The doctoral dissertation of Gilad Sperling, MBA, "Product, Operation and Market Strategies of Technology-Intensive Born Globals. The case of Israeli Telecommunication Born Globals," in the field of International Business, will be publicly examined on Friday, September 23, 2005, at the Helsinki School of Economics (HSE). The opponent is Senior Lecturer, Dr. Tamar Almor-Ellemers (Tel Aviv University, College of Management) and the custos is Emeritus Professor Reijo Luostarinen (HSE).
The study analyses the product, operation, and market strategies of technology-intensive Born Global companies from small open economies and explains their rapid globalization process. Born Global firms aim at the global market right from inception and start their globalization immediately without any preceding domestic operations, simultaneously with domestic business, or exceptionally soon after domestic operations. Conceptual holistic frameworks have been developed on the basis of four groups of factors including: industry, country, company, and founders. The frameworks draw on Professor Reijo Luostarinen’s earlier work on the internationalization of Finnish firms.
In the empirical part, the globalization process and POM strategies of five Israeli telecommunication Born Globals were analyzed. Factors behind the choice of a global strategy from inception were identified. The study found that the characteristics of the founder, founders’ home country, and the available financing options and choices thereof play an important role in the globalization strategies and process of the Israeli technology-intensive Born Globals. Product, customer, operation, and market strategies pattern was identified. Finally the study compared its findings with findings of similar research on Finnish Born Globals carried out in the Helsinki School of Economics.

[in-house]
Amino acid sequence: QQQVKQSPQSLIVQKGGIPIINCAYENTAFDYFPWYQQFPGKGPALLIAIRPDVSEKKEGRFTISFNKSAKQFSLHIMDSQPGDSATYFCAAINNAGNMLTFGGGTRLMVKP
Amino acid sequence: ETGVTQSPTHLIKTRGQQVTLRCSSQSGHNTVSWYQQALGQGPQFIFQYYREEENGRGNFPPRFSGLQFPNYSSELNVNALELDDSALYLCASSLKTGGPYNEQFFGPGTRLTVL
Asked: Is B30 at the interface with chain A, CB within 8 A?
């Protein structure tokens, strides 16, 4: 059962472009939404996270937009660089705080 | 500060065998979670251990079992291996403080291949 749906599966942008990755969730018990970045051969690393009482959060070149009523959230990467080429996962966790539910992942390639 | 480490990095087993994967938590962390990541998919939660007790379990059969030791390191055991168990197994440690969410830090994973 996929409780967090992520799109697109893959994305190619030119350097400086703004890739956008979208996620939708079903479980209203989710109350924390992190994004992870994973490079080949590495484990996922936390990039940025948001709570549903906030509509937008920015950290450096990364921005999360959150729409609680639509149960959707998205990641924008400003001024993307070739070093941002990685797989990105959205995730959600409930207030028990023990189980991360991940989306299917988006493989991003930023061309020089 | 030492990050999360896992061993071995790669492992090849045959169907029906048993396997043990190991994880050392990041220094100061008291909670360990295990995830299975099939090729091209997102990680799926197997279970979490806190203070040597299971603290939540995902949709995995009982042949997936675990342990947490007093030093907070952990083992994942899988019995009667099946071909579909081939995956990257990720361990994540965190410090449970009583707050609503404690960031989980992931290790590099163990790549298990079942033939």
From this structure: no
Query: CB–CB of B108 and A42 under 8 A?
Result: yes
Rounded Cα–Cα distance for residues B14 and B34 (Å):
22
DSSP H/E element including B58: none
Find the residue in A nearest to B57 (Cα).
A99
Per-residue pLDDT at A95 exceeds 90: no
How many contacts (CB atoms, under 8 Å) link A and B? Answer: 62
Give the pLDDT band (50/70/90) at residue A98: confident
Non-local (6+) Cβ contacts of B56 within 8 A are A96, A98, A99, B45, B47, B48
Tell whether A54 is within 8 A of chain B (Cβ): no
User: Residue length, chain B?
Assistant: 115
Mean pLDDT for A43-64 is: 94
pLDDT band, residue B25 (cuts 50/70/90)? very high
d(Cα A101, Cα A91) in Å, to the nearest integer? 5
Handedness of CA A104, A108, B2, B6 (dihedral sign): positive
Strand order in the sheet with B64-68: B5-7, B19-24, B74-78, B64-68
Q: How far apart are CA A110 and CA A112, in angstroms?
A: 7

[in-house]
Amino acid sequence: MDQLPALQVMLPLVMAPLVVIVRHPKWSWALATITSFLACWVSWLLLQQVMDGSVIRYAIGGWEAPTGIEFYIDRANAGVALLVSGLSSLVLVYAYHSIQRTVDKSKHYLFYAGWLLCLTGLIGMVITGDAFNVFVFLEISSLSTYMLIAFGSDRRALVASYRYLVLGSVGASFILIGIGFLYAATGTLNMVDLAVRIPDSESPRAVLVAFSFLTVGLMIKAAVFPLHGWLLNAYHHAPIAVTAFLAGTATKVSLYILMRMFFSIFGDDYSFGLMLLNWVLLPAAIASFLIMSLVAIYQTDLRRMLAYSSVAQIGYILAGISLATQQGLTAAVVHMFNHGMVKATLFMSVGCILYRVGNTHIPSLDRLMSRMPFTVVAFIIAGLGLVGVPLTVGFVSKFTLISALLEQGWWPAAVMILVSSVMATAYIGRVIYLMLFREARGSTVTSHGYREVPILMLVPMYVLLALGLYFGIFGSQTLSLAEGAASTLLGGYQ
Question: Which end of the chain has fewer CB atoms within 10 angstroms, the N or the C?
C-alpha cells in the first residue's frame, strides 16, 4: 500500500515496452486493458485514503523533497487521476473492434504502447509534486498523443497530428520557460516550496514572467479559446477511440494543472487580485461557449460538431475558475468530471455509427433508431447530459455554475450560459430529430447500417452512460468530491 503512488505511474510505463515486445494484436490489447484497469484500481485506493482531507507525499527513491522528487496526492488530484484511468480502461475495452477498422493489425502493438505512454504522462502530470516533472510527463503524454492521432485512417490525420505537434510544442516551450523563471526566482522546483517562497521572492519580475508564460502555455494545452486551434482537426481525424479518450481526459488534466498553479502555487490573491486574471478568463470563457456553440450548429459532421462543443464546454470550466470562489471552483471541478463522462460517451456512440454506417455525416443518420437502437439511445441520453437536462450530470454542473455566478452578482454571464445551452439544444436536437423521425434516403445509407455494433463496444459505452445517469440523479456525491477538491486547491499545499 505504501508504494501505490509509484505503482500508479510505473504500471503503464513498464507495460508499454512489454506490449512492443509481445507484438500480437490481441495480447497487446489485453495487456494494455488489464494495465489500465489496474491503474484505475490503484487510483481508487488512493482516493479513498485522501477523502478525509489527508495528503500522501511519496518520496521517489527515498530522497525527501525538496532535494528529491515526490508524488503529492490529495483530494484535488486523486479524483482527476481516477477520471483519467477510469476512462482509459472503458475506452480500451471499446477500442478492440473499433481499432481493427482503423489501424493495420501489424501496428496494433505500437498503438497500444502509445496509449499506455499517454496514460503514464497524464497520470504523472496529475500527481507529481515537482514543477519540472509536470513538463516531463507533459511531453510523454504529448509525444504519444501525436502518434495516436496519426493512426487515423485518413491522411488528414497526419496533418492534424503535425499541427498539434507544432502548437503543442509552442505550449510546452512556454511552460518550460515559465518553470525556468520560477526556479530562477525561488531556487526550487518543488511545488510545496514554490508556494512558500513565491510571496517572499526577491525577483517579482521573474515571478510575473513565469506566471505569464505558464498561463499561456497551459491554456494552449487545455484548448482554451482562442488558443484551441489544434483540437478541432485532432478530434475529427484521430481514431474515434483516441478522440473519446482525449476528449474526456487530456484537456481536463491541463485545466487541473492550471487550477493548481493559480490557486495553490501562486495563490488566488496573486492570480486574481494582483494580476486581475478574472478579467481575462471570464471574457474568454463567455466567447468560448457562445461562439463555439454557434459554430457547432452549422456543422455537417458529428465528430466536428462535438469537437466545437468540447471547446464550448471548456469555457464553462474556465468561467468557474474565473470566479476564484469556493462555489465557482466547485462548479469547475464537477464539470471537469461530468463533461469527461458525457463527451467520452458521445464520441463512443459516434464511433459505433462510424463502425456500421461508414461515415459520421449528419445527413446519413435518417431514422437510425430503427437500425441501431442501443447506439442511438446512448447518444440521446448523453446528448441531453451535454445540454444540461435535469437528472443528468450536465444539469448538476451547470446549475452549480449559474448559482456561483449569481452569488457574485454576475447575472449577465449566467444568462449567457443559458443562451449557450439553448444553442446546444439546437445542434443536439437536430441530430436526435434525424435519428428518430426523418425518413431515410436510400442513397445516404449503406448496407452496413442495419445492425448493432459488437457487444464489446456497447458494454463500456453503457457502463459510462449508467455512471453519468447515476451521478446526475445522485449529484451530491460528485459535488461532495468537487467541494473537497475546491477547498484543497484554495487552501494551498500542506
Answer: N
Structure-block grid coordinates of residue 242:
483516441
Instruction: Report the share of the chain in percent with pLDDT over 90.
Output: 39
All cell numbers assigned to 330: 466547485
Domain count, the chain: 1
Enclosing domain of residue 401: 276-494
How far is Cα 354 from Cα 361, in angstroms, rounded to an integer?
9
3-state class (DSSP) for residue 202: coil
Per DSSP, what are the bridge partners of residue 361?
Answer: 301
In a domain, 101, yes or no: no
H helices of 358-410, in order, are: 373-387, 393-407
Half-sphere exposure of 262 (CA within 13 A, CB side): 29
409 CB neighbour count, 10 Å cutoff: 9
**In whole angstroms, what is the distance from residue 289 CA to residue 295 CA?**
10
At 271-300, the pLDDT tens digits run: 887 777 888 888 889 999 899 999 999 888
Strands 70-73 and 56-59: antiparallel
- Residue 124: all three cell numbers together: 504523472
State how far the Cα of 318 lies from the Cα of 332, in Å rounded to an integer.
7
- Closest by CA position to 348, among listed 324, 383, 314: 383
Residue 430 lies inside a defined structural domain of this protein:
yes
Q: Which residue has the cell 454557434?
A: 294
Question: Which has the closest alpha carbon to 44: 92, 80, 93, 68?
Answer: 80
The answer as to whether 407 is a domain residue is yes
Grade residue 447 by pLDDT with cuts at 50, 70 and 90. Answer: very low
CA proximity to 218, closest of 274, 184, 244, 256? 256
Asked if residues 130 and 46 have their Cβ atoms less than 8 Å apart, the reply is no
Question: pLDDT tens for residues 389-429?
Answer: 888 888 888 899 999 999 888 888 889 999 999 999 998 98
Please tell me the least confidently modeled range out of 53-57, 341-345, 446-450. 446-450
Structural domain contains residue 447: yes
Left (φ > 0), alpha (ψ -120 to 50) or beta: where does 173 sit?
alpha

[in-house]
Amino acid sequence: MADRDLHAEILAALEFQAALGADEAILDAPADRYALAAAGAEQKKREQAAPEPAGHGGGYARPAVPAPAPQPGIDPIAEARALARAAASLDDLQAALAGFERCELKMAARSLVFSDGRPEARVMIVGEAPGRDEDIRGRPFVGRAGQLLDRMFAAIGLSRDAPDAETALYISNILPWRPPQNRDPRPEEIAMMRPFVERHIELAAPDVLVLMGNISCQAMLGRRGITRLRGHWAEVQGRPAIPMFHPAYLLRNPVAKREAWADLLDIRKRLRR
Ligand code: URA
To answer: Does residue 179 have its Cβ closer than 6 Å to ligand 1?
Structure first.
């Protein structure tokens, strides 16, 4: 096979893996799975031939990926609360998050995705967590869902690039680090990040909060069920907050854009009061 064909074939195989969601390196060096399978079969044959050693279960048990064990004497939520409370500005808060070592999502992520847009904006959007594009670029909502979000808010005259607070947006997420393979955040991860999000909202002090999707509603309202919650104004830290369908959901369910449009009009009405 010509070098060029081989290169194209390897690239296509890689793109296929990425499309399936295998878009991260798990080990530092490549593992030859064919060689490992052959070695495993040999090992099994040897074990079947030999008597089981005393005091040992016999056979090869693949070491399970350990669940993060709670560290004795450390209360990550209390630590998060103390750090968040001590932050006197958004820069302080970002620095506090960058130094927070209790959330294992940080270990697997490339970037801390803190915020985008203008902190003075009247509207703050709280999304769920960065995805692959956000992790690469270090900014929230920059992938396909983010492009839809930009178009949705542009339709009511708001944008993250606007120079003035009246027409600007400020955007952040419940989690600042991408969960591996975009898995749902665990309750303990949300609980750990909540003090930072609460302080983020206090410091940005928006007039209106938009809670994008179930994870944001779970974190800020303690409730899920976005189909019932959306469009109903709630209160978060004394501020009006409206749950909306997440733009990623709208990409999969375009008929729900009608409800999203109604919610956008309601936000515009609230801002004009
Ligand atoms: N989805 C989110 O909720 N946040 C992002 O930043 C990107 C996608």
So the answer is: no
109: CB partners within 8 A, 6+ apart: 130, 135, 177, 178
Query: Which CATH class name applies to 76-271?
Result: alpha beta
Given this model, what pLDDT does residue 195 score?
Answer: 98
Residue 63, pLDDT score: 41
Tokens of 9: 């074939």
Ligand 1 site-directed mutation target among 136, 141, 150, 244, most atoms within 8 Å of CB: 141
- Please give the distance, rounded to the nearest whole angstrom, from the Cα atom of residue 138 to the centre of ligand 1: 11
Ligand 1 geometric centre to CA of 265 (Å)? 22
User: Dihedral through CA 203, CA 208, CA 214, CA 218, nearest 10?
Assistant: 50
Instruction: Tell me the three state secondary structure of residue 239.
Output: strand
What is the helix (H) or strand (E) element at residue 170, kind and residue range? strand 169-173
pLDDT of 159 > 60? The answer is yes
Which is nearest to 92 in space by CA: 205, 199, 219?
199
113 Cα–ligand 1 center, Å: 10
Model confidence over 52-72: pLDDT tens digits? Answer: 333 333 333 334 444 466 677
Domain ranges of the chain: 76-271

Pia Pere-Vanhanen | alfa
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The quantum world is fragile; error correction codes are needed to protect the information stored in a quantum object from the deteriorating effects of noise. Quantum physicists in Innsbruck have developed a protocol to pass quantum information between differently encoded building blocks of a future quantum computer, such as processors and memories. Scientists may use this protocol in the future to build a data bus for quantum computers. The researchers have published their work in the journal Nature Communications.
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